Russia has recognized that it has suffered a "significant loss" of troops. Its operation on Ukraine has not moved as rapidly as the Kremlin desired, more than a month after President Vladimir Putin began the invasion.
"We have suffered severe military losses. Despite Ukraine's persistent opposition, it's a great disaster for us," Kremlin spokesman Dmitry Peskov told Sky News on Thursday.
Although Moscow has not provided an exact figure, Ukrainian authorities believe that at least 18,900 Russian soldiers have been killed in combat since the invasion began on 24 February.
Moscow's unwarranted attack has displaced over four million people and resulted in the death or injury of thousands.
Vadym Boichenko, the mayor of Mariupol's southern port city, stated that the town had lost almost 5,000 inhabitants, including 210 children.
Ukraine said that between 150 and 300 individuals might be buried in a mass grave outside a church where Mr. Putin's men allegedly massacred civilians in Bucha, near the capital Kyiv.
Russia has been charged with war crimes in connection with the Bucha massacre, and the west has imposed further restrictions, notably on Mr. Putin's daughters.
Mr. Peskov rejected ideas that the Russian president might go before a war crimes court, saying: "We see no possibility of that, we do not believe it is realistic."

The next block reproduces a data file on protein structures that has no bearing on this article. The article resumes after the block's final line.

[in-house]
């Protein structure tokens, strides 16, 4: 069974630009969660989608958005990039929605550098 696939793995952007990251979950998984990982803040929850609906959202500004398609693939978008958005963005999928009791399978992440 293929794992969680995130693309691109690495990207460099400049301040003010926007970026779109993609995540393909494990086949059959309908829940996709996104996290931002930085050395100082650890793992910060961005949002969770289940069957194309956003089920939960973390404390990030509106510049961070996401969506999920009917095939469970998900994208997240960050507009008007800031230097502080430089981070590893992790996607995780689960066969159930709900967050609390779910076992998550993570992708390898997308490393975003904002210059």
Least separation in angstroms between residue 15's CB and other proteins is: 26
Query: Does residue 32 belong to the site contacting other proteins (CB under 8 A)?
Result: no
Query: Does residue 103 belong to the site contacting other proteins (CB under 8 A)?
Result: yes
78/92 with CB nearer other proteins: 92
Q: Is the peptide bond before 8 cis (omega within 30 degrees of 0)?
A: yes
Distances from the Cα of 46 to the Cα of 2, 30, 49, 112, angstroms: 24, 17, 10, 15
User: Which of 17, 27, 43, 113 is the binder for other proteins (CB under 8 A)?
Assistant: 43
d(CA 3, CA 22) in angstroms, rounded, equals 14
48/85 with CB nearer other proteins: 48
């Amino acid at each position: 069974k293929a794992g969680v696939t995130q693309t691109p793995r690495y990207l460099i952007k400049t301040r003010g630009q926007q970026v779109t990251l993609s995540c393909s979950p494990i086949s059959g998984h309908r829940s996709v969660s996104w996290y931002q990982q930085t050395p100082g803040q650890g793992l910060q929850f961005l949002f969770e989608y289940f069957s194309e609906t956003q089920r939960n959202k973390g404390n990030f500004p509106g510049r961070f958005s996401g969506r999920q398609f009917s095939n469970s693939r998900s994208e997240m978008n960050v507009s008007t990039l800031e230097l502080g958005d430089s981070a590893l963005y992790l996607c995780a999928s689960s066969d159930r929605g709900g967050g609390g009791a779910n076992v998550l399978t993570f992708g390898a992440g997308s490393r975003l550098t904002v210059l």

Following the Bucha massacres, the United Nations General Assembly suspended Russia from the UN Human Rights Council, citing "grave concern about the deteriorating human rights and humanitarian situation."
Russia responded by resigning from the council.
Moscow has denied attacking civilians and claimed that photographs of bodies in Bucha were fabricated to justify additional sanctions and hinder peace discussions.
"Ukraine has a long track record of successfully investigating war crimes committed by some Ukrainian troops following the opening stages of the war in 2014-2015, and these offenses have been examined. "Those individuals were brought to court and sentenced," Mr. Peskov said in a rebuttal to Ukraine.
The war-torn nation has urged friends to halt purchases of Russian oil and gas and bolster its military capabilities in the face of European differences.
Volodymyr Zelensky, Ukraine's president, said in a nightly speech to the nation on Thursday: "Ukraine requires weapons that will enable it to win on the battlefield, and that will be the strongest possible sanction against Russia."
He stated that the situation in Borodyanka, some 15 miles from Bucha, was "significantly more heinous."
UN humanitarian director Martin Griffiths expressed pessimism on Thursday about achieving a truce to halt bloodshed as Russia shifted its focus to eastern Ukraine's Donbas area.
"I believe it will be difficult since the two sides, as I now know, have minimal trust in one another. "I am pessimistic," remarked the undersecretary-general.